The Avatar Roadster has been revealed in production form at the Autosport International show with claims it can produce up to 500bhp/ton.
The Devon-based manufacturer is an offshoot of kit-car maker Marlin, but its first model comes fully built. It is available with 2.0 or 2.3-litre Ford Ecoboost engines, much like those used by the Zenos E10 S and E10 R (although in the Avatar they are mounted longitudinally), and is priced from £39,990.
The 2.0-litre Avatar Roadster produces 250bhp, resulting in a top speed of 145mph and a 0-60mph time of 4sec, while the 2.3-litre model produces 350bhp, and can reach 60mph in 3.6sec and tops out at 165mph. Both variants weigh 695kg, meaning the more potent version produces 500bhp/ton.
The Roadster’s light kerb weight largely comes thanks to its use of a stiff tubular spaceframe chassis with fibreglass body panels. A near-central seating position, as well as carefully positioned fuel tank and lightweight five-speed gearbox, maintain a ‘near-perfect’ weight distribution, according to Avatar director and designer Dylan Popovic.
Avatar has made over 100 changes to the model since it was first shown at last year's Autosport show. The main focus has been to improve practicality.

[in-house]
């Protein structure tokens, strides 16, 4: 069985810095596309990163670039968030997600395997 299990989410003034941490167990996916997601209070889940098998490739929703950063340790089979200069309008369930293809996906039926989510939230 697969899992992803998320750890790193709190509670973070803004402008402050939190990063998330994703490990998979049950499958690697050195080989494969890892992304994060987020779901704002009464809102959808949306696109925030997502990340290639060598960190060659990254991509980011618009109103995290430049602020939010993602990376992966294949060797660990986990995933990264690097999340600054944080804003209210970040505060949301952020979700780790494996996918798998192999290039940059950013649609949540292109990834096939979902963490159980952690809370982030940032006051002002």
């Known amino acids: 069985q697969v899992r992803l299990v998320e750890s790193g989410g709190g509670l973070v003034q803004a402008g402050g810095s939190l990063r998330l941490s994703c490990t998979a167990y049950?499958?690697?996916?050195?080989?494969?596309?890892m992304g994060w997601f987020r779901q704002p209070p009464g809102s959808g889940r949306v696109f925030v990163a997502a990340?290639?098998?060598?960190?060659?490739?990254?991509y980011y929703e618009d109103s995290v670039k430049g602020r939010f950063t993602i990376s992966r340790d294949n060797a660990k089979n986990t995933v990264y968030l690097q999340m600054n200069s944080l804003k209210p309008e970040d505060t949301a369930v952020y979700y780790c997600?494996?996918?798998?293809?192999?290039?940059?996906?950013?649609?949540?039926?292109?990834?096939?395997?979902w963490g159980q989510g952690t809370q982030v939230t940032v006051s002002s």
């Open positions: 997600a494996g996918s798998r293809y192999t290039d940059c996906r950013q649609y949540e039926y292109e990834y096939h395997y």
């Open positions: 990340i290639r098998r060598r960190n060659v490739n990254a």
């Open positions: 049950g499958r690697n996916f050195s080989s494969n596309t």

“After showing the prototype we realised that our customers wanted more," Popovic said. "We listened and have responded to our customers who loved the superb performance and fine handling but wanted more refinement and features so they could use the car for more than just track days. We’ve smoothed the raw edges to create a much more rounded package. We’ve changed the suspension geometry, adjusted the steering rack ratios and improved the ergonomics in the cabin with intuitive switchgear as well as developed features that make the car a delight on the road and track.”
A racing version of the Avatar Roadster has already competed at Castle Combe circuit, ahead of production of the road-going model. The racing model used an Audi-sourced 2.7-litre twin-turbo engine producing 450bhp. Avatar’s focus since has been to develop a road-friendly track car which can be driven home from track-days.